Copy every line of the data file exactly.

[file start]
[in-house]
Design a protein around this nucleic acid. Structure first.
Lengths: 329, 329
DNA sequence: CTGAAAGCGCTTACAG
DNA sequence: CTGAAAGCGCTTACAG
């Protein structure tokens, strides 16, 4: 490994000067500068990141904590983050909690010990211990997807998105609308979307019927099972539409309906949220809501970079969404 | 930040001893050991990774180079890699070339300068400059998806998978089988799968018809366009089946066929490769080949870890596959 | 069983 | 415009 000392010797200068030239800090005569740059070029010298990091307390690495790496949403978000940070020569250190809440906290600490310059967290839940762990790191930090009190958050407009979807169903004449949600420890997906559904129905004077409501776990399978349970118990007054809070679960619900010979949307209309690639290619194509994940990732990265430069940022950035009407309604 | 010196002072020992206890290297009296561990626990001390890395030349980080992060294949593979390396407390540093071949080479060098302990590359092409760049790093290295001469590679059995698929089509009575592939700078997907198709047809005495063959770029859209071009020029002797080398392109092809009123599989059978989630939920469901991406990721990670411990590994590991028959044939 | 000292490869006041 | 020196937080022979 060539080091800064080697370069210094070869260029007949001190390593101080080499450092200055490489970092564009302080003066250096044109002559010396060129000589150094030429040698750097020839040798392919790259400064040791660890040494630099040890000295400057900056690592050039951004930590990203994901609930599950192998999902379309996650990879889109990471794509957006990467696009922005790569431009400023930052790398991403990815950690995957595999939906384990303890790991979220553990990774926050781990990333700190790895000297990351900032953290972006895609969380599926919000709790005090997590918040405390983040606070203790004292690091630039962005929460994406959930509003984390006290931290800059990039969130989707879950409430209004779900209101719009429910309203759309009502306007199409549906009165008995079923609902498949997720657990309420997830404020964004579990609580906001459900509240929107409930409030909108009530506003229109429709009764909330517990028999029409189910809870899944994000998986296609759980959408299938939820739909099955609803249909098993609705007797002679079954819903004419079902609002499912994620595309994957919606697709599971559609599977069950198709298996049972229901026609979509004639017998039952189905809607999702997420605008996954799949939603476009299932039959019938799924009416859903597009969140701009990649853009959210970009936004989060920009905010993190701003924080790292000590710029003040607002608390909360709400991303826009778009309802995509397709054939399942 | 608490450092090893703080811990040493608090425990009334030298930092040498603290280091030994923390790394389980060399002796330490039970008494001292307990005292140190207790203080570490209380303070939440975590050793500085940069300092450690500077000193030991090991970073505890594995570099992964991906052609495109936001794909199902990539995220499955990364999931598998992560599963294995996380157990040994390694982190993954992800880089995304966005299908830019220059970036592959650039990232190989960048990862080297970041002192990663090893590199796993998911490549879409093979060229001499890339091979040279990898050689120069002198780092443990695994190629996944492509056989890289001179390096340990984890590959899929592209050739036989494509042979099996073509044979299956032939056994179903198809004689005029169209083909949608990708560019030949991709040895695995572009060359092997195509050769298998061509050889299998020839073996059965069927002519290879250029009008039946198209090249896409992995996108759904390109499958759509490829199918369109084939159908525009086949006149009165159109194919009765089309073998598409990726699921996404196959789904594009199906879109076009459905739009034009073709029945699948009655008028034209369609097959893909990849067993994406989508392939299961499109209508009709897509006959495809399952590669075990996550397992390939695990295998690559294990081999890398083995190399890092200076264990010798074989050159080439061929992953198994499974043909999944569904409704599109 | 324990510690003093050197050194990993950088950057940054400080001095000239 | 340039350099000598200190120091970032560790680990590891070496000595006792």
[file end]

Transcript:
[in-house]
Design a protein around this nucleic acid. Structure first.
Lengths: 329, 329
DNA sequence: CTGAAAGCGCTTACAG
DNA sequence: CTGAAAGCGCTTACAG
């Protein structure tokens, strides 16, 4: 490994000067500068990141904590983050909690010990211990997807998105609308979307019927099972539409309906949220809501970079969404 | 930040001893050991990774180079890699070339300068400059998806998978089988799968018809366009089946066929490769080949870890596959 | 069983 | 415009 000392010797200068030239800090005569740059070029010298990091307390690495790496949403978000940070020569250190809440906290600490310059967290839940762990790191930090009190958050407009979807169903004449949600420890997906559904129905004077409501776990399978349970118990007054809070679960619900010979949307209309690639290619194509994940990732990265430069940022950035009407309604 | 010196002072020992206890290297009296561990626990001390890395030349980080992060294949593979390396407390540093071949080479060098302990590359092409760049790093290295001469590679059995698929089509009575592939700078997907198709047809005495063959770029859209071009020029002797080398392109092809009123599989059978989630939920469901991406990721990670411990590994590991028959044939 | 000292490869006041 | 020196937080022979 060539080091800064080697370069210094070869260029007949001190390593101080080499450092200055490489970092564009302080003066250096044109002559010396060129000589150094030429040698750097020839040798392919790259400064040791660890040494630099040890000295400057900056690592050039951004930590990203994901609930599950192998999902379309996650990879889109990471794509957006990467696009922005790569431009400023930052790398991403990815950690995957595999939906384990303890790991979220553990990774926050781990990333700190790895000297990351900032953290972006895609969380599926919000709790005090997590918040405390983040606070203790004292690091630039962005929460994406959930509003984390006290931290800059990039969130989707879950409430209004779900209101719009429910309203759309009502306007199409549906009165008995079923609902498949997720657990309420997830404020964004579990609580906001459900509240929107409930409030909108009530506003229109429709009764909330517990028999029409189910809870899944994000998986296609759980959408299938939820739909099955609803249909098993609705007797002679079954819903004419079902609002499912994620595309994957919606697709599971559609599977069950198709298996049972229901026609979509004639017998039952189905809607999702997420605008996954799949939603476009299932039959019938799924009416859903597009969140701009990649853009959210970009936004989060920009905010993190701003924080790292000590710029003040607002608390909360709400991303826009778009309802995509397709054939399942 | 608490450092090893703080811990040493608090425990009334030298930092040498603290280091030994923390790394389980060399002796330490039970008494001292307990005292140190207790203080570490209380303070939440975590050793500085940069300092450690500077000193030991090991970073505890594995570099992964991906052609495109936001794909199902990539995220499955990364999931598998992560599963294995996380157990040994390694982190993954992800880089995304966005299908830019220059970036592959650039990232190989960048990862080297970041002192990663090893590199796993998911490549879409093979060229001499890339091979040279990898050689120069002198780092443990695994190629996944492509056989890289001179390096340990984890590959899929592209050739036989494509042979099996073509044979299956032939056994179903198809004689005029169209083909949608990708560019030949991709040895695995572009060359092997195509050769298998061509050889299998020839073996059965069927002519290879250029009008039946198209090249896409992995996108759904390109499958759509490829199918369109084939159908525009086949006149009165159109194919009765089309073998598409990726699921996404196959789904594009199906879109076009459905739009034009073709029945699948009655008028034209369609097959893909990849067993994406989508392939299961499109209508009709897509006959495809399952590669075990996550397992390939695990295998690559294990081999890398083995190399890092200076264990010798074989050159080439061929992953198994499974043909999944569904409704599109 | 324990510690003093050197050194990993950088950057940054400080001095000239 | 340039350099000598200190120091970032560790680990590891070496000595006792």